Report: Marijuana plots polluting US forests

The Associated Press reports that illicit marijuana plots are befouling US national forests and parks with toxic chemicals.

AP Photo/California Department of Fish and Game
In this photo provided by the California Department of Fish and Game, two five-gallon backpack units used to spray pesticides directly on the buds of marijuana plants to keep insects away are shown July 28 at Longmeadow Creek in Tulare County near Johnsondale, in southern California.

The Associated Press reports that illicit marijuana plots are befouling US national forests and parks with toxic chemicals.

Following post-9/11 border-security measures, a number of Mexican drug cartels moved their grow sites inside the United States. Federally managed land offered the best sites for remote, anonymous plots. According to the AP story, the biggest sites are in the Cascade Range, which extends from British Columbia to Northern California, and in federal lands in Kentucky, Tennessee, and West Virginia:

Weed and bug sprays, some long banned in the US, have been smuggled to the marijuana farms. Plant growth hormones have been dumped into streams, and the water has then been diverted for miles in PVC pipes.

Rat poison has been sprinkled over the landscape to keep animals away from tender plants. And many sites are strewn with the carcasses of deer and bears poached by workers during the five-month growing season that is now ending.

"What's going on on public lands is a crisis at every level," said Forest Service agent Ron Pugh. "These are America's most precious resources, and they are being devastated by an unprecedented commercial enterprise conducted by armed foreign nationals. It is a huge mess."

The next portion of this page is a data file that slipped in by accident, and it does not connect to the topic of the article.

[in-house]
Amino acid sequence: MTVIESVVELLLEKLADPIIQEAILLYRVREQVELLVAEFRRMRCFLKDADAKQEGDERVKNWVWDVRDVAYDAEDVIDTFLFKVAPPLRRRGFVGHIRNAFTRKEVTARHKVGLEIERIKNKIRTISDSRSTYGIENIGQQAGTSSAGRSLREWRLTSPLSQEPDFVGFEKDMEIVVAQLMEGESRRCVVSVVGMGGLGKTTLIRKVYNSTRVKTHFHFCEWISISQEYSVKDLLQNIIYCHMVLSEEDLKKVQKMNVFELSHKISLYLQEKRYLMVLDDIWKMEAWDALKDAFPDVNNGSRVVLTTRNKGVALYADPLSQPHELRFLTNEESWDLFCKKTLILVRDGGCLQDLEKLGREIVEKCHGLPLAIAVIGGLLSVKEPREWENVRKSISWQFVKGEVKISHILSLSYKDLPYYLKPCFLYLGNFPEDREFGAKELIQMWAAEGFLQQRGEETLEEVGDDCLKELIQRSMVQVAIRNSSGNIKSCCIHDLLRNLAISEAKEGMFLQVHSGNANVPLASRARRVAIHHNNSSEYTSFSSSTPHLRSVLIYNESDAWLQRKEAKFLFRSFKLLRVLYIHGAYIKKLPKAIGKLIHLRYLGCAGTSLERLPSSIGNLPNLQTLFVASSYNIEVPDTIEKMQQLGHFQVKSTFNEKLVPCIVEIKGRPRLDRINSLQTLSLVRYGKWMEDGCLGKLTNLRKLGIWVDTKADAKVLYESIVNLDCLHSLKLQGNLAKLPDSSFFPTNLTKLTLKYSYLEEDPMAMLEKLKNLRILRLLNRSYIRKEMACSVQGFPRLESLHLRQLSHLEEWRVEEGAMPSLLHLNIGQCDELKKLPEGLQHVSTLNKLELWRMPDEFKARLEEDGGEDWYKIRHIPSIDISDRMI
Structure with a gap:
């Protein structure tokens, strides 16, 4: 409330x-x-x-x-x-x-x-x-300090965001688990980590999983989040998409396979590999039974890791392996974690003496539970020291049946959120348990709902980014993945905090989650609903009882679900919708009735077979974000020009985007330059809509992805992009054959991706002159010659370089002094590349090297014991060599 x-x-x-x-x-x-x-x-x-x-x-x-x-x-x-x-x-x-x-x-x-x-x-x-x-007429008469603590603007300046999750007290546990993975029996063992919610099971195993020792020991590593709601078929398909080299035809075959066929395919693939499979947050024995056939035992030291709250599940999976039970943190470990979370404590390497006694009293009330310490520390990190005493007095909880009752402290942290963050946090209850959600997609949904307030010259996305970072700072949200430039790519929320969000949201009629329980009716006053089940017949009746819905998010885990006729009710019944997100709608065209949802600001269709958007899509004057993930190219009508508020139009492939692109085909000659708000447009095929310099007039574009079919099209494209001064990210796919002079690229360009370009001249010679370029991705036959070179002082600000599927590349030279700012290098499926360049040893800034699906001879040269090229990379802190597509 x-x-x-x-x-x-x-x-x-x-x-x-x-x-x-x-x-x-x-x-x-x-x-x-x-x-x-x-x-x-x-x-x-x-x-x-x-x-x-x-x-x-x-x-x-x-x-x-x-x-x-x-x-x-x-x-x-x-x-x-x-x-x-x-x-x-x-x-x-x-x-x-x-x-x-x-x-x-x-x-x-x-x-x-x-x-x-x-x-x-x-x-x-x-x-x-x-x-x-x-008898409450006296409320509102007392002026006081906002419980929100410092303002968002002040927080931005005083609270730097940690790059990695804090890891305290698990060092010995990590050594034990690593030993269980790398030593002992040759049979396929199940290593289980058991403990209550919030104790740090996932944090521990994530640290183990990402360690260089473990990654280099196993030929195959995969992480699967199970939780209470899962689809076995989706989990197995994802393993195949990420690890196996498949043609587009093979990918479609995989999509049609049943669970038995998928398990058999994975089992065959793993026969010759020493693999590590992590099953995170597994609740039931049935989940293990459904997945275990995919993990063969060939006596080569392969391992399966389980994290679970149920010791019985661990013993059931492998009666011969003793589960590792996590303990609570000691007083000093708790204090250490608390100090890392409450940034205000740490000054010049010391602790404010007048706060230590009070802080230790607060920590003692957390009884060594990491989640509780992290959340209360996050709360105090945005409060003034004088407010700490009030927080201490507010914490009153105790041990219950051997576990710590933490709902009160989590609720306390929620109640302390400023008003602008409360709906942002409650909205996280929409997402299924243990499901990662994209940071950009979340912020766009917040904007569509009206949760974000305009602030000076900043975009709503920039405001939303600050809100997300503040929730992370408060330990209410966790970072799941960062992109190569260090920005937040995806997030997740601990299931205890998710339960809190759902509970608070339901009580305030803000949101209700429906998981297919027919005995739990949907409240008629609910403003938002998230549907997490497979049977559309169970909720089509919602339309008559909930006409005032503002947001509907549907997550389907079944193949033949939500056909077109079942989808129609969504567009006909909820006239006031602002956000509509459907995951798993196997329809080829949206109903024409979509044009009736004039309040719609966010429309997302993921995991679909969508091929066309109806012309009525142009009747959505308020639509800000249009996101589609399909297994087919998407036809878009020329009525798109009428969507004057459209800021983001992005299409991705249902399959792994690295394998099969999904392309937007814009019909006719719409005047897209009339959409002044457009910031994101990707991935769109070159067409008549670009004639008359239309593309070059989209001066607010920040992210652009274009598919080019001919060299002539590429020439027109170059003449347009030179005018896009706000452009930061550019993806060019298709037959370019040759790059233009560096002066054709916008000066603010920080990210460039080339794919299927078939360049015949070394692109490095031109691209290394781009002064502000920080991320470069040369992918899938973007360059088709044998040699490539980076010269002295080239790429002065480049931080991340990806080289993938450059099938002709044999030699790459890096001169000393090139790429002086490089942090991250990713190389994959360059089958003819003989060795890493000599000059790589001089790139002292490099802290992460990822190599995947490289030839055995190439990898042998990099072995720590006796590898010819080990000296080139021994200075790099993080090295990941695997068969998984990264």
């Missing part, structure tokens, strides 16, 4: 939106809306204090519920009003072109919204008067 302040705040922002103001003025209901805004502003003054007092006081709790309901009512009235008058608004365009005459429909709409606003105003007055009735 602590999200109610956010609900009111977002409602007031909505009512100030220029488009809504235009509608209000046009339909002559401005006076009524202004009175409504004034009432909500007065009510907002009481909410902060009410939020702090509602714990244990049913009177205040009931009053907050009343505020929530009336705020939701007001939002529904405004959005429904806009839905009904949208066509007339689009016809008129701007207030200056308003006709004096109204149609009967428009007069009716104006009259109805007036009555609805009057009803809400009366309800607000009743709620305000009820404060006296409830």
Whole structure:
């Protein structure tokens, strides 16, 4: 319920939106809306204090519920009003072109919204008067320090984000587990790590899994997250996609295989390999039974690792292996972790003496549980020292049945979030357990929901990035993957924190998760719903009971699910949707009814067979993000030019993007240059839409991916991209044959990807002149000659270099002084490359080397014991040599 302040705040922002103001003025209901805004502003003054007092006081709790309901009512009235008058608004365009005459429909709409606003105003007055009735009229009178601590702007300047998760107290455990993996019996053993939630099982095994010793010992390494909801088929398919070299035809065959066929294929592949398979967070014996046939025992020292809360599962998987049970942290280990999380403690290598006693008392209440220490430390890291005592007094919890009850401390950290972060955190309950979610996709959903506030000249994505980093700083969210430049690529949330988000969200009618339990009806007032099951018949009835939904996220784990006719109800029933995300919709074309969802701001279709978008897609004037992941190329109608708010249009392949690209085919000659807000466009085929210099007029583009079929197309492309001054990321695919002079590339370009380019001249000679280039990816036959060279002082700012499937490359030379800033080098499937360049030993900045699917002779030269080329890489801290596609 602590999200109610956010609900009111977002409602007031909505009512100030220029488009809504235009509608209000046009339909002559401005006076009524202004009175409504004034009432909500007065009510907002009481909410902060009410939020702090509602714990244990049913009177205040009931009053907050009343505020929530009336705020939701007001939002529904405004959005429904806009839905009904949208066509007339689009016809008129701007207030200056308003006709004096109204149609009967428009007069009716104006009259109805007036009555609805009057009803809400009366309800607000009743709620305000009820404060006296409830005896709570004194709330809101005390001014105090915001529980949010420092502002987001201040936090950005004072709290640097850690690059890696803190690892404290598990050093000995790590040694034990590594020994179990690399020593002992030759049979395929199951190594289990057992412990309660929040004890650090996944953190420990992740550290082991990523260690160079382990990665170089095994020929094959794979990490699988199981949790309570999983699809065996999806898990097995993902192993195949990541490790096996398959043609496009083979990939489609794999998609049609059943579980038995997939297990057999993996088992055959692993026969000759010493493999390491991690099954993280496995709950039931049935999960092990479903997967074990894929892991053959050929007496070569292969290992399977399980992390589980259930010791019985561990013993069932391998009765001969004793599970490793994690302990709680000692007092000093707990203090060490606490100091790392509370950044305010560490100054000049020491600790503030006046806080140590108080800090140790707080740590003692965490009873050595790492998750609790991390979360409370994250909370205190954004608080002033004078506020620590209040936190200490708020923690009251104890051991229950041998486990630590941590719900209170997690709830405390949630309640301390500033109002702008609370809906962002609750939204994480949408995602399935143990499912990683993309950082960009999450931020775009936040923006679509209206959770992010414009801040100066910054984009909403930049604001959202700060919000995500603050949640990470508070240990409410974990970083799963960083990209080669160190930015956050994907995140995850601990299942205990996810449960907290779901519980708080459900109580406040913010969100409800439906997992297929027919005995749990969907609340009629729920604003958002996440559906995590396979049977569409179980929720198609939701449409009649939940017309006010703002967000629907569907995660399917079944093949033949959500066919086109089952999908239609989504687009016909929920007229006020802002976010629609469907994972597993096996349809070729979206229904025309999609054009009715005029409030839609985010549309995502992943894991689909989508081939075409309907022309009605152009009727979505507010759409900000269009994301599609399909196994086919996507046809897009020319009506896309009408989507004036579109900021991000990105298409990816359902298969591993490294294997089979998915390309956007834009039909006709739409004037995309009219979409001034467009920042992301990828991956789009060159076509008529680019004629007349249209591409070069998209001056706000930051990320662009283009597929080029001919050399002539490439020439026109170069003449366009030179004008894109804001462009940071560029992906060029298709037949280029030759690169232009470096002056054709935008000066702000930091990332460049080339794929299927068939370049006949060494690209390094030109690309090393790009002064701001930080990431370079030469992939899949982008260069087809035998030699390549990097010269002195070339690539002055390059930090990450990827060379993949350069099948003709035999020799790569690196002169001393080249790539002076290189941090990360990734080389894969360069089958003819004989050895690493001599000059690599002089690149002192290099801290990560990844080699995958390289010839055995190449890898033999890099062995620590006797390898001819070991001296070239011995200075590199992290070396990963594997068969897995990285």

The story quotes Agent Patrick Foy of the California Department of Fish and Game, who says that 1.5 pounds of toxic fertilizers and pesticides is used for every 11.5 plants. More than more than 2.2 million plants had been uprooted in California so far.

"I've seen the pesticide residue on the plants," Foy said. "You ain't just smoking pot, bud. You're smoking some heavy-duty pesticides from Mexico."

The question I have is this: If border-security measures have been that successful in keeping Mexican cannabis from entering the country, why can't they block millions of gallons of illegal poisonous chemicals? Which of these two substances do you think would be of more use to an aspiring terrorist?

 Related: New target in Colombia’s drug war: ecofriendly US users

of stories this month > Get unlimited stories
You've read  of  free articles. Subscribe to continue.

Unlimited digital access $11/month.

Get unlimited Monitor journalism.